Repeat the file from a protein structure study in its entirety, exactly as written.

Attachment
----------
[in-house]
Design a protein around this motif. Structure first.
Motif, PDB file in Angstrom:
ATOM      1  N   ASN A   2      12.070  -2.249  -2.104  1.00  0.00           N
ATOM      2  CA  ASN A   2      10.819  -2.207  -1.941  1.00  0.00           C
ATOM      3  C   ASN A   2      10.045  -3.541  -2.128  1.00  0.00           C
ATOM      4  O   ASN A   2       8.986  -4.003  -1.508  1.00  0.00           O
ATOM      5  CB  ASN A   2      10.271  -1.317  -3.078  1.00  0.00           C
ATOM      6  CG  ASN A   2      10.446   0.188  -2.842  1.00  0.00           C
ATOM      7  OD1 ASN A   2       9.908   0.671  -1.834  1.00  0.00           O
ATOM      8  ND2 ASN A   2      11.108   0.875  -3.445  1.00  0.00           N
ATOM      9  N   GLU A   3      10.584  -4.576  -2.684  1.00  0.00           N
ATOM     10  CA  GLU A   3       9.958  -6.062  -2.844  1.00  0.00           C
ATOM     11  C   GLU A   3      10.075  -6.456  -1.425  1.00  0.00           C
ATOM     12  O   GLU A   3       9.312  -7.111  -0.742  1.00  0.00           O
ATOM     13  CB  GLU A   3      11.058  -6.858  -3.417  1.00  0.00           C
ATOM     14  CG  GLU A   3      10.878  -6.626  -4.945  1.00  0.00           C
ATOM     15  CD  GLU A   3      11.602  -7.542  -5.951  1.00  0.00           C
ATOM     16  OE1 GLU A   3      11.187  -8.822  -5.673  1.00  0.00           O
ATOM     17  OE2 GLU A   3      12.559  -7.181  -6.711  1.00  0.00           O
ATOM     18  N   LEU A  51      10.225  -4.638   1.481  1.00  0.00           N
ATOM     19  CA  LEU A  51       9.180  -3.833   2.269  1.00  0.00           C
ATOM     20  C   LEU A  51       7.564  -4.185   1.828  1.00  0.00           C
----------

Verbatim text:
[in-house]
Design a protein around this motif. Structure first.
Motif, PDB file in Angstrom:
ATOM      1  N   ASN A   2      12.070  -2.249  -2.104  1.00  0.00           N
ATOM      2  CA  ASN A   2      10.819  -2.207  -1.941  1.00  0.00           C
ATOM      3  C   ASN A   2      10.045  -3.541  -2.128  1.00  0.00           C
ATOM      4  O   ASN A   2       8.986  -4.003  -1.508  1.00  0.00           O
ATOM      5  CB  ASN A   2      10.271  -1.317  -3.078  1.00  0.00           C
ATOM      6  CG  ASN A   2      10.446   0.188  -2.842  1.00  0.00           C
ATOM      7  OD1 ASN A   2       9.908   0.671  -1.834  1.00  0.00           O
ATOM      8  ND2 ASN A   2      11.108   0.875  -3.445  1.00  0.00           N
ATOM      9  N   GLU A   3      10.584  -4.576  -2.684  1.00  0.00           N
ATOM     10  CA  GLU A   3       9.958  -6.062  -2.844  1.00  0.00           C
ATOM     11  C   GLU A   3      10.075  -6.456  -1.425  1.00  0.00           C
ATOM     12  O   GLU A   3       9.312  -7.111  -0.742  1.00  0.00           O
ATOM     13  CB  GLU A   3      11.058  -6.858  -3.417  1.00  0.00           C
ATOM     14  CG  GLU A   3      10.878  -6.626  -4.945  1.00  0.00           C
ATOM     15  CD  GLU A   3      11.602  -7.542  -5.951  1.00  0.00           C
ATOM     16  OE1 GLU A   3      11.187  -8.822  -5.673  1.00  0.00           O
ATOM     17  OE2 GLU A   3      12.559  -7.181  -6.711  1.00  0.00           O
ATOM     18  N   LEU A  51      10.225  -4.638   1.481  1.00  0.00           N
ATOM     19  CA  LEU A  51       9.180  -3.833   2.269  1.00  0.00           C
ATOM     20  C   LEU A  51       7.564  -4.185   1.828  1.00  0.00           C